The annual Nonprofit Symposium’s theme this year focused on achieving social justice through nonprofit work. The event’s keynote speaker, Tae Chong, a business counselor for a local economic development organization, narrowed the theme even more to considering the power of small acts. He spoke about how relatively little actions, such as a Pakistani girl defying her elders to go to school, can add up to bring about greater social justice.
Each winter, Meg Springer, assistant director of Bowdoin’s Career Center, organizes the popular Nonprofit Symposium at Bowdoin. She invites faculty, staff, alumni and local nonprofit leaders to the afternoon event to provide a forum for students to reflect with professionals on different aspects of the nonprofit sector. The symposium is also a chance for students interested in nonprofit careers to network with people working on humanitarian and environmental issues in Brunswick and in Maine.
The event kicked off with lunch, followed by Chong’s talk. He began by speaking about growing up in Portland, Maine, in the 1970s after his family immigrated from South Korea. He was one of the only students of color then in the Portland school system. Today, the city’s demographics are very different — 42 percent of the city’s public school system is multicultural and 15 percent of Portland’s population is foreign born.
Chong said he briefly left Maine after high school but returned in his early twenties to take a job working with immigrant and refugee children at one of Portland’s housing authorities. It was at this point that his life’s work to end racial and social injustice took on clarity and urgency.
The students he had been mentoring told him that all the ESL kids (those who don’t speak English as a first language) were housed in the basement of the high school with special-education students. They were not integrated into the mainstream school population, and they were not encouraged to join extracurricular activities. Chong began a campaign to change the perception that immigrant and refugee students were not worth investing in.
Maine’s public radio station ran a critical story about the school’s seeming segregation, Chong said. The local chapter of the NAACP sued the city’s public school system. Chong ran for the school board and became the first Asian American elected to the board. “We changed the ESL policy for kids and also changed the perspective and perception of immigrant and refugee kids that they couldn’t learn,” he said. “They are studious and high achievers.”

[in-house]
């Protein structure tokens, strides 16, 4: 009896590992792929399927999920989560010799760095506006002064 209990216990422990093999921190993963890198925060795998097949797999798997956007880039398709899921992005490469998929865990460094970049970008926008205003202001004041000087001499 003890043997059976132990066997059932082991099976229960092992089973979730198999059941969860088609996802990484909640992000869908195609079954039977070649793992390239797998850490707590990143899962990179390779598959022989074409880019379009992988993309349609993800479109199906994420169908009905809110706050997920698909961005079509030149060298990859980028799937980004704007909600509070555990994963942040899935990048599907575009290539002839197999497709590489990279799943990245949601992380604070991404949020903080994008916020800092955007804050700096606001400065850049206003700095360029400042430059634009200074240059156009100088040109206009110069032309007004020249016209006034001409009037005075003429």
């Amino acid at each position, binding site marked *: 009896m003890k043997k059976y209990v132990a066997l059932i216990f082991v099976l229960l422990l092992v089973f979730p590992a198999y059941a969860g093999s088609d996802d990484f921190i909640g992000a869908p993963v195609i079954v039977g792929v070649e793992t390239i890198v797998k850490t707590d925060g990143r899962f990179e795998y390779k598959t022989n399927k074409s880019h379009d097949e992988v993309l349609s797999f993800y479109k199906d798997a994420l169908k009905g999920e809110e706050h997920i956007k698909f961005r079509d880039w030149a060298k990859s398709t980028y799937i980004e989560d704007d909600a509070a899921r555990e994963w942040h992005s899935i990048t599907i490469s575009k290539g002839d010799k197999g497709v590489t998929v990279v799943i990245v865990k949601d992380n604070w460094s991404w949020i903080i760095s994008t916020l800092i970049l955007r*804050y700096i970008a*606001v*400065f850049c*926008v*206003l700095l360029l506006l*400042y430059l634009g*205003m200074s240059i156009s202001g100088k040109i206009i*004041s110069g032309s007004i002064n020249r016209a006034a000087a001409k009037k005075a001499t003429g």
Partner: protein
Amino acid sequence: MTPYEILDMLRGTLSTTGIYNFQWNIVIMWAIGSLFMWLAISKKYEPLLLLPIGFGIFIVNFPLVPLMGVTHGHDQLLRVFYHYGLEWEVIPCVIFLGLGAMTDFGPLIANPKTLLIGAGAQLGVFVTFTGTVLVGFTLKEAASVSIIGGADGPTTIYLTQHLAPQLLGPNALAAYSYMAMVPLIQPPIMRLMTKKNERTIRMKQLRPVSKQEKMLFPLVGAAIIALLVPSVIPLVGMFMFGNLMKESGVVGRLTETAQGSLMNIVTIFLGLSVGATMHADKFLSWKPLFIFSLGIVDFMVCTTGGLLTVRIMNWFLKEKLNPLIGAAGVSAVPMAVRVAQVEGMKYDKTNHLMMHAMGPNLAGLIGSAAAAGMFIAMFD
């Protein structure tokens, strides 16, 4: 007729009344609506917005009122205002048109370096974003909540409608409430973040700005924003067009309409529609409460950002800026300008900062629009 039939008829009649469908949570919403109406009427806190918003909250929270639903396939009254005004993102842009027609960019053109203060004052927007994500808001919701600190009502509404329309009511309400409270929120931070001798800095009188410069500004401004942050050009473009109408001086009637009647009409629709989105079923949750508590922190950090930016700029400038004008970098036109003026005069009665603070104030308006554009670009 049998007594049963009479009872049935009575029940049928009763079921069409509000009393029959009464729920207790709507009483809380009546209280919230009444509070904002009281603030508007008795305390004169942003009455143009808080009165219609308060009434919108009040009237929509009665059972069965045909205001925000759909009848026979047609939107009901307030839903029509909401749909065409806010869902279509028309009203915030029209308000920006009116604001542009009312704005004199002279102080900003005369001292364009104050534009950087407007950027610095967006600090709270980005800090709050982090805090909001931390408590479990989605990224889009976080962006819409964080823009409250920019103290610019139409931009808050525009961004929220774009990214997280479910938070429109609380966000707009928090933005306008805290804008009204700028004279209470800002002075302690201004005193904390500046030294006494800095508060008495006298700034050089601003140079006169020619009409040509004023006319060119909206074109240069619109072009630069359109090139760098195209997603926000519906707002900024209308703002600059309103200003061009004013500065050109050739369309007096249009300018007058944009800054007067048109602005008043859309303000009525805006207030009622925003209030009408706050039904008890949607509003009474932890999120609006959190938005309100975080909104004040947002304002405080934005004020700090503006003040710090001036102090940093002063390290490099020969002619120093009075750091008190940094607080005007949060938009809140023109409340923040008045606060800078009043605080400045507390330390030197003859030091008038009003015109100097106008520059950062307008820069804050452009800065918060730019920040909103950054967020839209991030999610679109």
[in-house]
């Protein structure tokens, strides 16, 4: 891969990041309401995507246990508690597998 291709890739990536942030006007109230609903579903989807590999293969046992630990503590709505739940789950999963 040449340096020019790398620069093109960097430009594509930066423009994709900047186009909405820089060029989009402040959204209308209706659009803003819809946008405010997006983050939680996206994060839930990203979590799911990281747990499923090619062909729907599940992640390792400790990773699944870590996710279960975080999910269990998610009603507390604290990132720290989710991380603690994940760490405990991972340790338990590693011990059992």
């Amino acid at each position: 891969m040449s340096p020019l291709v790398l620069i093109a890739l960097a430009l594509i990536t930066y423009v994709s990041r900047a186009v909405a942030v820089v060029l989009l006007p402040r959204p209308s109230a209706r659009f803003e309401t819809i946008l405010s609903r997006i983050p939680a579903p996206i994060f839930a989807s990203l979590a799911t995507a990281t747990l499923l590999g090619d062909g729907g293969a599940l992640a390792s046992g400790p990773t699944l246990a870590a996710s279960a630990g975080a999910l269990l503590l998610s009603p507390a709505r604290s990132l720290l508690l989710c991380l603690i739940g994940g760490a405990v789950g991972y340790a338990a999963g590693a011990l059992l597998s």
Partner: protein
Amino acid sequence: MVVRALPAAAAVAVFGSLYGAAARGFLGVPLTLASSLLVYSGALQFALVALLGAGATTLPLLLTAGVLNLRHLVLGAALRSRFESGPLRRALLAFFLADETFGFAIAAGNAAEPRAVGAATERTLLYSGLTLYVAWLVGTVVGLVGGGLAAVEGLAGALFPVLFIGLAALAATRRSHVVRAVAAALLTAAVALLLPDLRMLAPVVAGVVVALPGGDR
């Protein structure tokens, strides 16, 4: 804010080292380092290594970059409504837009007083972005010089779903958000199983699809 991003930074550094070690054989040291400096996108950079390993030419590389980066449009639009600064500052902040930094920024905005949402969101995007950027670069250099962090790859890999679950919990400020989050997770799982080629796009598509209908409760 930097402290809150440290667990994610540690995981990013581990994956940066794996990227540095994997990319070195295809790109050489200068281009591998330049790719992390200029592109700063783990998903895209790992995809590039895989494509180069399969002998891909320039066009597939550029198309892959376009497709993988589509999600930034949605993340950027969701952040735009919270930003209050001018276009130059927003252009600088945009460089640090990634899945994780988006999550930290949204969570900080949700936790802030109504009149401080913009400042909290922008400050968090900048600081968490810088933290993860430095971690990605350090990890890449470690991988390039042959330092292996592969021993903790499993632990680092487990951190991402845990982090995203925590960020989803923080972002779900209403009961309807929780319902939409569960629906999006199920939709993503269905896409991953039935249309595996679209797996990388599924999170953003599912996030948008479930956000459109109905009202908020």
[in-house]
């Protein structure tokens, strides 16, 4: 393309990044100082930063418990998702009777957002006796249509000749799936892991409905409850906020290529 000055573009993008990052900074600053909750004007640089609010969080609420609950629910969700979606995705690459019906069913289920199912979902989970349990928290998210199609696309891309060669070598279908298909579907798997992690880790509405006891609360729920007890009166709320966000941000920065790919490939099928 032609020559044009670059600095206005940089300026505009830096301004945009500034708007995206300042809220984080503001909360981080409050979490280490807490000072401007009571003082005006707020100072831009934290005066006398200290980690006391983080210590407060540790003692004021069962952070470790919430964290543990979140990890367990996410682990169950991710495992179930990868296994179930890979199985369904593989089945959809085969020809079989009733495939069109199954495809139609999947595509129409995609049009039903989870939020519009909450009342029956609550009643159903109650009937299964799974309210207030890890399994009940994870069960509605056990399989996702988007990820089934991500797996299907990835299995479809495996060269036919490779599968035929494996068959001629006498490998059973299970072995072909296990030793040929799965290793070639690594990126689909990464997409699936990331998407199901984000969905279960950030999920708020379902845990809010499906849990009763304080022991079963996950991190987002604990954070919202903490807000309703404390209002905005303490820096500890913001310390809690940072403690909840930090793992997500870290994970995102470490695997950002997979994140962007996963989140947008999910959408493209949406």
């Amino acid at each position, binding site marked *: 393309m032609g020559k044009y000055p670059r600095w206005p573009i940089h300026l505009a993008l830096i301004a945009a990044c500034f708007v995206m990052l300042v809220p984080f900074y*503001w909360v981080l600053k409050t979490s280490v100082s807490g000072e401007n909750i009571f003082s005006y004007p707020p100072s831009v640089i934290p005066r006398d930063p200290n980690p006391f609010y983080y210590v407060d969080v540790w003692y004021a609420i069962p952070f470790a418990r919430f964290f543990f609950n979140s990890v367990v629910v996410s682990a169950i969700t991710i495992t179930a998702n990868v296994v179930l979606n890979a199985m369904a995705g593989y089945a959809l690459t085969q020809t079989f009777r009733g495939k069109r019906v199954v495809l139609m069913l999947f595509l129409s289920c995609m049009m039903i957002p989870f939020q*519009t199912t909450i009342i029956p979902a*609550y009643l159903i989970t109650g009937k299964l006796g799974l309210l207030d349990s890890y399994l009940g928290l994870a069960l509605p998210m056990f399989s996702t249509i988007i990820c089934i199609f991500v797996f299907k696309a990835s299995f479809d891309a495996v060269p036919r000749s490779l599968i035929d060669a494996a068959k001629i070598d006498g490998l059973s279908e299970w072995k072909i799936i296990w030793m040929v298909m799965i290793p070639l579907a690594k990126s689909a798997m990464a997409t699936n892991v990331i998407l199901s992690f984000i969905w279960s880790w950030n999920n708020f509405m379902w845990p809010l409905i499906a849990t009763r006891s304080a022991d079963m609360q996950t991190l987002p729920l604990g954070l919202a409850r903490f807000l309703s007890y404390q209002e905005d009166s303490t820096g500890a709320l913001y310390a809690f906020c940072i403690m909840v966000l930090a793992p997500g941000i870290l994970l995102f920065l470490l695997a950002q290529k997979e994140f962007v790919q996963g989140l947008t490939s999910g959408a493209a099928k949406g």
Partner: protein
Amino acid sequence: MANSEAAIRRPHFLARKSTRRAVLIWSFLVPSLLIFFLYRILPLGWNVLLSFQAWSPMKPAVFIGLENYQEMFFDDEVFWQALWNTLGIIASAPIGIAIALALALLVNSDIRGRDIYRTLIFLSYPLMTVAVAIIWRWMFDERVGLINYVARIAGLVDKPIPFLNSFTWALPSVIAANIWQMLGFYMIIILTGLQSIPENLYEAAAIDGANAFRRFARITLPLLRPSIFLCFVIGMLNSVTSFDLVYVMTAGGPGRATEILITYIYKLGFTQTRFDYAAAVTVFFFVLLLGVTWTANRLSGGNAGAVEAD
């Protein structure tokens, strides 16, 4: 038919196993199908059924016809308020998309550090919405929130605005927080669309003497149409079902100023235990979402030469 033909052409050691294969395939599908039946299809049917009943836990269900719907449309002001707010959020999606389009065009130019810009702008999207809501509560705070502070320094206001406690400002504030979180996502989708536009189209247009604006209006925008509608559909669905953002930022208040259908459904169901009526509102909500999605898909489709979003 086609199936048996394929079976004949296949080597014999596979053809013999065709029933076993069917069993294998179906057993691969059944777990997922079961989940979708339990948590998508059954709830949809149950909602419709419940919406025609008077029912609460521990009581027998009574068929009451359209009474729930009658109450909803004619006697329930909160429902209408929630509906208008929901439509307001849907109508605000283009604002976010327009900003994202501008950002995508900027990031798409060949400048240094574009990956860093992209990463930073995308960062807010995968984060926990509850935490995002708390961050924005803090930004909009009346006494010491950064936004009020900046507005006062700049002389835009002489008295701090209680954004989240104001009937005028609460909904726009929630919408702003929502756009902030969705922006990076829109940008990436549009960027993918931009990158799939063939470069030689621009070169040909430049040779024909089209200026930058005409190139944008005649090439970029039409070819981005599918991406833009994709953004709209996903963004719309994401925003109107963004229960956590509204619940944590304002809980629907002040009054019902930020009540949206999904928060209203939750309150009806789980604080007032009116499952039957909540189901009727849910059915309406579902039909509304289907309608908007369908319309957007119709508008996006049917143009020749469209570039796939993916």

The story reinforced Chong’s argument that a lot of good can come about when you are active in your own community. “That is what social justice is, it’s all local. It starts with recognizing a problem in your backyard,” he said.
After Chong’s talk, symposium participants broke into small groups to discuss how they achieve social justice in their lives and work. Following a coffee break, a panel of four alumni and one nonprofit executive in Portland spoke about how they’ve initiated action to address social justice.
The event is underwritten by the support of the Preston Public Interest Career Fund.
The 2016 Nonprofit Symposium participants
Keynote Speaker: Social Justice Begins Locally
- Tae Chong, Business Counselor, StartSmart CEI Business Development Services
Panelists: Action Leads to Opportunity
- Tho Ngo ’10, Program Coordinator — Neuroscience Services at Maine Medical Center
- Olivia Orr ’12 — Office and Development Associate at Immigrant Legal Advocacy Project; Former Americorps Group Leader, NAACP
- Claude Rwaganje — Executive Director, Community Financial Literacy
- Shana Natelson ’10 — Executive Director, Speak About It
- Sam Eley ’15 — Reducing Sexism and Violence Coordinator, Boys to Men
- Rob Orton- Regional Recruiter (New England), Peace Corps
- Andrew Griswold, Communications Director, Telling Room
- Hannah Chatalbash, Program & Development Associate, Midcoast Hunger Prevention Program
- Andrew Bove ’07, Supervisor, Preble Street
- Bethany Edmunds, Refugee and Immigrations Services, Catholic Charities
- Gretchen Williams ’14, Program and Project Coordinator, Lift 360
- Ben Martens ’06, Executive Director, Maine Coast Fisherman’s Association
- Marty Szydlowski, Director of Finance & Housing Development, Brunswick Housing Authority
- Dan Johnson, Recruitment Manager, Teach for America
- Torin Peterson, Founder, Maine Tutor Corps
Bowdoin Faculty and Staff Participants
- Yao Tang, Assistant Professor, Economics
- Crystal Hall, Associate Professor of Digital Humanities
- Jayanthi Selinger, Associate Professor, Asian Studies
- Seth Ramus- Director, Health Professions Advising
- Brandon Royce Diop, Assistant Dean Student Affairs
- Nhi Nguyen, Assistant Director, McKeen Center for the Common Good
- Cynthia Kingsford ’80- Assistant Director, Career Planning
- Aileen Tschiderer ’12- Employer Relations Coordinator
- Meg Springer, Assistant Director, Career Planning